Many scientists got recently into considerable financial troubles because of the spreading wave of disbelief in the humanistic potential of Science. Nevertheless, I am convinced that in a long run the recent financial cut-offs in Science will prove very healthy. There are many negative features in the current organization of scientific work and it seems to me that, on a philosophical level, Science itself is becoming ever more sterile.
But, perhaps, I should first specify what I mean by the word 'Science'. I was reared by the continental European culture which, compared to the Anglo-Saxon one, tends to be less pragmatic and utopistic. Consequently, I define Science as the very envelope of the expanding region of our knowledge. On a personal level, the knowledge of the inner parts of this region plays the role of a mere tool - one can possess it and still be anything but a scientist. A true scientist must strive to expand the outer envelope of Science, not just apply the tools.
If this definition of Science is accepted then 99.9% of the recent 'scientific research' is not Science. Most of it can be defined as applied technological research. This would still be quite satisfactory if such research were directed towards useful technological (or other) improvements. Unfortunately, this is not exactly the case.
First, there is a considerable amount of applied research explicitly concerned with killing people. Though this fact is repeatedly criticised (no doubt rightly so), the criticism is often mistakenly addressed to Science instead of the governments and their policies.
The second problem is that there is a substantial part of research which simply does not serve anything but the personal carriers of the researchers.
The reader might object that such distortions are marginal and their influence on the overall evolution of scientific knowledge is negligible. In my opinion, while such an argument was possibly true in the pre-war period, it is hardly acceptable today. In the following paragraphs I will attempt to show that the violations are nowadays becoming a part of the very organization of the research work.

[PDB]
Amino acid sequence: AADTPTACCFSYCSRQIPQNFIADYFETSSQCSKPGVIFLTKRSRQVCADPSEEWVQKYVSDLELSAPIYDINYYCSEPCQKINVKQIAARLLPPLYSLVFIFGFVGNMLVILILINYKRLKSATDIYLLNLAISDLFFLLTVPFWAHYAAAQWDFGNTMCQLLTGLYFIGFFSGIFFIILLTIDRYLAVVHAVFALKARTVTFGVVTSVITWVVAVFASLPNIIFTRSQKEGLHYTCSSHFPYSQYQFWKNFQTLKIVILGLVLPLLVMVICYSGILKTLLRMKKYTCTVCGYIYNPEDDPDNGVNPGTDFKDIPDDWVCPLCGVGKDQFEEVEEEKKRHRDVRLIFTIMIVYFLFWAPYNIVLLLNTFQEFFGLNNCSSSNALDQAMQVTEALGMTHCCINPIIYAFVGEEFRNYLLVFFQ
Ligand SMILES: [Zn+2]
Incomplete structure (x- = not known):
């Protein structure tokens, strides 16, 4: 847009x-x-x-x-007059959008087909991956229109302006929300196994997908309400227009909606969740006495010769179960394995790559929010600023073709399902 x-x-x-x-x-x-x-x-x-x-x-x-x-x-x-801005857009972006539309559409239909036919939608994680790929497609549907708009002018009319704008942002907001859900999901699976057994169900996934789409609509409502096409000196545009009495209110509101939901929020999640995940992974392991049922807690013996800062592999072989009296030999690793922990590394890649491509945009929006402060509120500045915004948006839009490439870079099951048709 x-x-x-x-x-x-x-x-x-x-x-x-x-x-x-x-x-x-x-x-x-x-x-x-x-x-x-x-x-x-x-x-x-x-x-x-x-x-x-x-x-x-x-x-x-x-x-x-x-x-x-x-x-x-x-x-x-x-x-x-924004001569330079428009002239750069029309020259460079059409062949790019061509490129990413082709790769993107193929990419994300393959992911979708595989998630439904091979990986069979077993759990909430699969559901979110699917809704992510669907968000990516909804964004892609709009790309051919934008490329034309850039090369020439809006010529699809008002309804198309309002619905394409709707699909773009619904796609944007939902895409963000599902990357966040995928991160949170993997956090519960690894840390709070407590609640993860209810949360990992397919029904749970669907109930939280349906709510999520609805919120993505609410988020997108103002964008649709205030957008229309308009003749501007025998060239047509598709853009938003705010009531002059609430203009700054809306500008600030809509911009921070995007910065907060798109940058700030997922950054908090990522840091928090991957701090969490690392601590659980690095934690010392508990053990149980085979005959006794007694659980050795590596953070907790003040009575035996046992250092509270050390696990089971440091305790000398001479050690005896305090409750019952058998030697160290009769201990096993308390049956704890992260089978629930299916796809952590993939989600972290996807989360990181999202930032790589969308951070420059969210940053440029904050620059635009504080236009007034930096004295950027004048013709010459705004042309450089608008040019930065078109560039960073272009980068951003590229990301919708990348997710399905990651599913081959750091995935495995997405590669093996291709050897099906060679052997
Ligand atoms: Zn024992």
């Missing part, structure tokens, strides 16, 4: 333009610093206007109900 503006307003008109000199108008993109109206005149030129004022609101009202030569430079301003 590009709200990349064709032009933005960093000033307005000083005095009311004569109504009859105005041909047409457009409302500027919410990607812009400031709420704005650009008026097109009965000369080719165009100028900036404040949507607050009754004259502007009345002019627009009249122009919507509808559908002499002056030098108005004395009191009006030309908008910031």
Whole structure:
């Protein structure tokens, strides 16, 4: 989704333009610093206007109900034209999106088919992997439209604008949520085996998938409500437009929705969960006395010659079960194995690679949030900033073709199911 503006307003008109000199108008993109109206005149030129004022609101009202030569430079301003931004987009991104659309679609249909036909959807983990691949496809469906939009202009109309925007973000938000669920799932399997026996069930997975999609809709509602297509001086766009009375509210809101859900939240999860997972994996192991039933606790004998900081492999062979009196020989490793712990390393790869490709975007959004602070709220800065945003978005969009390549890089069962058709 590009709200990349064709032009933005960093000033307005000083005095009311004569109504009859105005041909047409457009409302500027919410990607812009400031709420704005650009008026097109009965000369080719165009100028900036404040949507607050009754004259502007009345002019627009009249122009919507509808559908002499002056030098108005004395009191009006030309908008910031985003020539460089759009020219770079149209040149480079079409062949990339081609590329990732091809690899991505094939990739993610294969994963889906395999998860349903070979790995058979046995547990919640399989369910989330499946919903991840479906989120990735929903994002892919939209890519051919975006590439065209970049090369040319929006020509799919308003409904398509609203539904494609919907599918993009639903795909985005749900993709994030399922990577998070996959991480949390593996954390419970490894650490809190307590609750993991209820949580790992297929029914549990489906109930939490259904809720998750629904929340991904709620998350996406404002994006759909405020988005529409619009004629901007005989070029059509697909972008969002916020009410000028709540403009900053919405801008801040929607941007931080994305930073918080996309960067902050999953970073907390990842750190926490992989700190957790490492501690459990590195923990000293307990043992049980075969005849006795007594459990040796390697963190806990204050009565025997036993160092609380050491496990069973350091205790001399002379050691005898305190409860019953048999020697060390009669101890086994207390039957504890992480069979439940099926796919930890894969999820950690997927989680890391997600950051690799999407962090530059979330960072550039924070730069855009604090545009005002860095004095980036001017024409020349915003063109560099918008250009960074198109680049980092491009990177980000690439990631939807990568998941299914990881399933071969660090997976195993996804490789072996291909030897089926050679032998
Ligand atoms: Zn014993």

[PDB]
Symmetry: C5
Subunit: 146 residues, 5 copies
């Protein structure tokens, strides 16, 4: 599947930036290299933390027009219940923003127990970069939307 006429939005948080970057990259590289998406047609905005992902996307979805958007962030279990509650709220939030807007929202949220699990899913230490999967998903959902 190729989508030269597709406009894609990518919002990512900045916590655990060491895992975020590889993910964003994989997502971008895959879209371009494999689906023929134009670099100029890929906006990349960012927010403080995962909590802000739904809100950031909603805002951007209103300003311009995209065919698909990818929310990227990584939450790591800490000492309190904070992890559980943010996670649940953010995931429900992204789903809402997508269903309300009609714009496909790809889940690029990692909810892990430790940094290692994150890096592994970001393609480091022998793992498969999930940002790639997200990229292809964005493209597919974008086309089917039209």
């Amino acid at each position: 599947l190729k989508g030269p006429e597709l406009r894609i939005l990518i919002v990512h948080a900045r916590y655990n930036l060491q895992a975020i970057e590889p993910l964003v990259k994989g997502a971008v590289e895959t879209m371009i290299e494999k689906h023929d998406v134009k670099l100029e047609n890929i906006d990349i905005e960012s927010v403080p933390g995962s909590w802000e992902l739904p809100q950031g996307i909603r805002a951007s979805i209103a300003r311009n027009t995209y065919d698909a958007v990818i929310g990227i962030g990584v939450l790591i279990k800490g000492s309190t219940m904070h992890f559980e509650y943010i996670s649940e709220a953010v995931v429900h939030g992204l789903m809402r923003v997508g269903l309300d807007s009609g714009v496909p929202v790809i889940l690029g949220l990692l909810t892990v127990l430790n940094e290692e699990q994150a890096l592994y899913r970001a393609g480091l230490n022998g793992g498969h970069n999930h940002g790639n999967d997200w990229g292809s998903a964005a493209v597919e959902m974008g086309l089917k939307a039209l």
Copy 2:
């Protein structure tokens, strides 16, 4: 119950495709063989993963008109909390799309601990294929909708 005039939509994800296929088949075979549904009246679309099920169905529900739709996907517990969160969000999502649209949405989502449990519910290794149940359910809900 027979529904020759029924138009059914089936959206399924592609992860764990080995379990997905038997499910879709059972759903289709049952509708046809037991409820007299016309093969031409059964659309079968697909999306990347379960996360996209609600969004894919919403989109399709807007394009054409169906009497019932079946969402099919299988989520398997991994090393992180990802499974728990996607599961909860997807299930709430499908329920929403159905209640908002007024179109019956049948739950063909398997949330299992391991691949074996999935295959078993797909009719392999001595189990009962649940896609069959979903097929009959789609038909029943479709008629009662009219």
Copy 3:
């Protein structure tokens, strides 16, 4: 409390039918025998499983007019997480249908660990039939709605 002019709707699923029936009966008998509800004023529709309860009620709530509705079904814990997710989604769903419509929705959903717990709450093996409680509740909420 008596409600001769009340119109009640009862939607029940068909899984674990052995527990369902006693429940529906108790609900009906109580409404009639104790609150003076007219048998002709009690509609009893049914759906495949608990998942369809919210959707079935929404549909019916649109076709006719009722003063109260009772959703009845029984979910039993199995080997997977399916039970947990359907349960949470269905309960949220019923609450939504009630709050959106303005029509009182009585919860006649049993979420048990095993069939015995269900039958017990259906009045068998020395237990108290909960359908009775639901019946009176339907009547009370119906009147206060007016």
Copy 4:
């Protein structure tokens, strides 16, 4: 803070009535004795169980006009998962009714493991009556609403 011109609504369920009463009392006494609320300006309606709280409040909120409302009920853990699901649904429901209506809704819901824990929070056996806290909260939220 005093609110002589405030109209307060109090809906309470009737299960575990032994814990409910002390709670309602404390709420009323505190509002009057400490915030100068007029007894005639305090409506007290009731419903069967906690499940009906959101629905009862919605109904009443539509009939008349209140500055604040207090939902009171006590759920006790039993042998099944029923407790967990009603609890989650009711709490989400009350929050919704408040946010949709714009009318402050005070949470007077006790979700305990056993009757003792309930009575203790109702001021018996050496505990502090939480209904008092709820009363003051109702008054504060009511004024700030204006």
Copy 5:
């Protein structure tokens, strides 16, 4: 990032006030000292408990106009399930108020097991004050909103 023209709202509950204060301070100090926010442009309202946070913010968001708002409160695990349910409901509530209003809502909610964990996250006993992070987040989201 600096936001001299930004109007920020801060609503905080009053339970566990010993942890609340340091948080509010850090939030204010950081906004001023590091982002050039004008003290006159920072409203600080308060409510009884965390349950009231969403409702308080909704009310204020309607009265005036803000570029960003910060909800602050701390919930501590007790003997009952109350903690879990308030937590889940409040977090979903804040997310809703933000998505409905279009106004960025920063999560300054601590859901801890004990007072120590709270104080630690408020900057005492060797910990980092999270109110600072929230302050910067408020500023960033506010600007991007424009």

The Heredity of the Bomb
In his excellent book, A.Baker  wrote:
... No one used to pay attention to Science in this country [USA], and scientists were traditionally regarded as eccentric cranks, until it was discovered that you can use Science to blow up people. Then, suddenly it became respectable, scientists became the darlings of the nation, and even presidents began asking their advice. Of course, whenever people said science they really meant technology, but scientists did not take great pain to correct this mistake. The most lavish spending has been in engineering applications, but physics has basked in the reflected glory of 'applied science and development'....
It is hardly possible to characterize better what has happened to Science in the last few decades. The politicians of both East and West have turned a substantial flow of money toward that thing which gave them the Bomb and which they got used to calling Science. Lately, they began to understand that it might produce not only bombs. But the devil's work had already been done: Science has been corrupted.
Science and Big Money
A flow of money must be organized and planned. These 'progressive' requirements led to the formation of monstrous, highly specialized 'Scientific Institutes' which were internally subdivided into small departments condemned to work on tiny bits of what the respective managers consider to be Science.
The scientists working in such an Institute often publicly admit its low efficiency. Here the corruption becomes most apparent. The Institute represents, before all, a financial enterprise implying the existence of a secondary social structure. There are always plenty of people who, as scientists, have lost confidence in themselves and are looking for a compensation in this secondary structure. As a result, most of the Institutes evolve in a way determined by the personal passions of basically unproductive people rather than by the real needs of Science.